Neil Simon might be the most underappreciated “serious” playwright for today’s audiences. Sure, my generation knows and loved his plays, many of which have migrated to TV or film.
Perhaps because they were so entertaining that he is not often thought of in the same pantheon of our “serious” playwrights such as Arthur Miller, but by sticking with his characters and extensively drawing on his own life, he created meaningful drama, capturing the way people think and talk and experienced angst and love during the 1960s to 1990s. I think of the Brooklyn of Brighton Beach Memoirs in the 1930s and consider it as dramatically meaningful a place as Grover’s Corners in Our Town at the turn of the century. Both examine a slice of life so real that by the end of the play, we know these people and the times in which they lived. The themes are universal, but in the case of Simon’s work, he was able to magically weave laugh out loud humor into his serious dramas.
Time has come, now a couple years after his death at 91, to reevaluate Neil Simon’s works and polish them off with today’s theatrical sensibility, and this is exactly what the Maltz Theatre has done with Brighton Beach Memoirs, the first of his “Eugene Trilogy” his most autobiographical work, which was later followed by Biloxi Blues and Broadway Bound.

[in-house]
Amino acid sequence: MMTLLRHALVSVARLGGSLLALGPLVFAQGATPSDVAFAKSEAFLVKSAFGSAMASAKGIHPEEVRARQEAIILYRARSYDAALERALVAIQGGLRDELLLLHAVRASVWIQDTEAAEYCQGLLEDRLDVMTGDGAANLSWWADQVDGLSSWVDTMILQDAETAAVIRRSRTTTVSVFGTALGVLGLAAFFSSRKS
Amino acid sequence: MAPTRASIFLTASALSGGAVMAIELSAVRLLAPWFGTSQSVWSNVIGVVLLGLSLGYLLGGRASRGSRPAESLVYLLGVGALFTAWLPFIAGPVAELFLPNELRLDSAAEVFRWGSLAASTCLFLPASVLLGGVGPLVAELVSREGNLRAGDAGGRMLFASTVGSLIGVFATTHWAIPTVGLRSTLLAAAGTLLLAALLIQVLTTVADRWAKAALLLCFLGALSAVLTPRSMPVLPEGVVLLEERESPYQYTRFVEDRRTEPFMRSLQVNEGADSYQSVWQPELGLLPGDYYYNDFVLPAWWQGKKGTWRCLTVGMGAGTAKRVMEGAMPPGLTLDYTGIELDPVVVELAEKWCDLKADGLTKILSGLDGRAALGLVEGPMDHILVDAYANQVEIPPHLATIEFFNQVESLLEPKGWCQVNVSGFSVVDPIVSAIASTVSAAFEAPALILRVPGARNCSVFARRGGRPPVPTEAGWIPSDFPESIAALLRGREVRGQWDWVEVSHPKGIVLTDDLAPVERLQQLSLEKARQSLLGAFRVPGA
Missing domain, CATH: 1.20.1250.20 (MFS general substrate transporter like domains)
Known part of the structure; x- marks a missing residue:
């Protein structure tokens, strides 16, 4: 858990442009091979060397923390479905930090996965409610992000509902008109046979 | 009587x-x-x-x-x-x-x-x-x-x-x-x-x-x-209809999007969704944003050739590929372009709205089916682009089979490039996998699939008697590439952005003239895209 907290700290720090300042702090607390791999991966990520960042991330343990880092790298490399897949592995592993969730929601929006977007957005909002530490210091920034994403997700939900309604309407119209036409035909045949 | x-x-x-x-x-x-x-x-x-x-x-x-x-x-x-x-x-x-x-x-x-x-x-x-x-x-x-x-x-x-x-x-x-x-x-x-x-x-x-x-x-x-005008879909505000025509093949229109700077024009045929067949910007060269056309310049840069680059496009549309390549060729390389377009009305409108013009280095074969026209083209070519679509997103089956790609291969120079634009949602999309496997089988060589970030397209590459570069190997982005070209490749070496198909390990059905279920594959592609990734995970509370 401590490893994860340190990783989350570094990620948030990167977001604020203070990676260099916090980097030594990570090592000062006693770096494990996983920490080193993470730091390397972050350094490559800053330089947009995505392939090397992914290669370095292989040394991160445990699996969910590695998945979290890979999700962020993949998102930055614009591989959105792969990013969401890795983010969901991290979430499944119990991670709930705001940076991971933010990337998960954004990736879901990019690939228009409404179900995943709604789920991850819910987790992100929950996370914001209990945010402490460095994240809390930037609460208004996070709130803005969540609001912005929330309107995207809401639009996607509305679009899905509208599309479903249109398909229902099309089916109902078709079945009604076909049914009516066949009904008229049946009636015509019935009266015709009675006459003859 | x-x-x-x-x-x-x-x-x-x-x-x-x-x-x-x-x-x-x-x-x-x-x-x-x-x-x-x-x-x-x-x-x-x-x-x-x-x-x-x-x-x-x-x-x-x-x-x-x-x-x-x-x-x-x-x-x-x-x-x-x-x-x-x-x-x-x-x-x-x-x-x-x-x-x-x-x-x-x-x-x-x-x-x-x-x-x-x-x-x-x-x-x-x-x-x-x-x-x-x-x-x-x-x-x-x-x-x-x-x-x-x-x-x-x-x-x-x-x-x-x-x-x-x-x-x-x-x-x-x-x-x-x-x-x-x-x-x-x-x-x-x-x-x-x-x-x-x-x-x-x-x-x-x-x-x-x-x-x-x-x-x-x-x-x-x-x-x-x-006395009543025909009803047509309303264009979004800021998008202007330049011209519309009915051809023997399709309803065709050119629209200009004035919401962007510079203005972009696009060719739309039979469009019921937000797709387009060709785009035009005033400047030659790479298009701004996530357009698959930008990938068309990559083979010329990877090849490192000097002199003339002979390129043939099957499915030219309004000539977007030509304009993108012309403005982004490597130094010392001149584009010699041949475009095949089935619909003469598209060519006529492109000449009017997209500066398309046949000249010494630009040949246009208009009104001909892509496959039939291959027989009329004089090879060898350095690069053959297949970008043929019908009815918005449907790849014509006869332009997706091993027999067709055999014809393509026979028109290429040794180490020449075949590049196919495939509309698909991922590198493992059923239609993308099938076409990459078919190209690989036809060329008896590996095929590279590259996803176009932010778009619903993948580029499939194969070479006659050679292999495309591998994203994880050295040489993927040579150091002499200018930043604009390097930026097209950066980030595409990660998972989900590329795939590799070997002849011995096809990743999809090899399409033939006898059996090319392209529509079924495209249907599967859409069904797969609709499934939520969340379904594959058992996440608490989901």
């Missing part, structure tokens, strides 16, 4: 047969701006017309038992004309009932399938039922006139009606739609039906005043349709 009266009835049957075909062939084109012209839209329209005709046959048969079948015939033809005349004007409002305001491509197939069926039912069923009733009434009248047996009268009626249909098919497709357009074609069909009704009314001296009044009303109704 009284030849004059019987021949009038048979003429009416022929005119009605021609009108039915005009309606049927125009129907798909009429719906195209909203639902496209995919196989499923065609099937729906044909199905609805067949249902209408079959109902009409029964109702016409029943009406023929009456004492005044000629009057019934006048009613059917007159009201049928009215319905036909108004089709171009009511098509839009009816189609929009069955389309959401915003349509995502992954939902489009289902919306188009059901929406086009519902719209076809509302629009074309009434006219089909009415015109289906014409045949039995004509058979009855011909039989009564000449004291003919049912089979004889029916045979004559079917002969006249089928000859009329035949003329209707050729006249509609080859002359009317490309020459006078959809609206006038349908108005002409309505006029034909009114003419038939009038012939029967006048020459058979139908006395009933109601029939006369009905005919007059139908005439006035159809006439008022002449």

What makes a great playwright? Simon, in an interview with NPR in 1996, said ‘when I was a young boy - 5 and 6 and 7 years old - my parents would take me to visit their relatives. And for some reason, I think they thought that I was invisible because they never talked to me….I could hear, but they were talking family matters - or gossip or whatever. And I just sat there. And once in a while, they'd give me a cookie or something. And I just listened. It stuck in my head. And what I managed to learn was the way they talked, the choice of words they made, what it was that they were interested in. And years later, without knowing it, when I started to write about these people, I was able to draw on my own memory from what happened in those days.”
That in essence is the foundation of this great play, set in the pre WW II Brighton Beach section of Brooklyn. Because family dynamics are so universal, we see our own family life and foibles. It is a coming of age play for Eugene, with all of the other characters experiencing some harsh lessons too. Most poignantly portrayed, is America itself, painfully digging out of a depression, only to be facing the bleak beginning of WW II.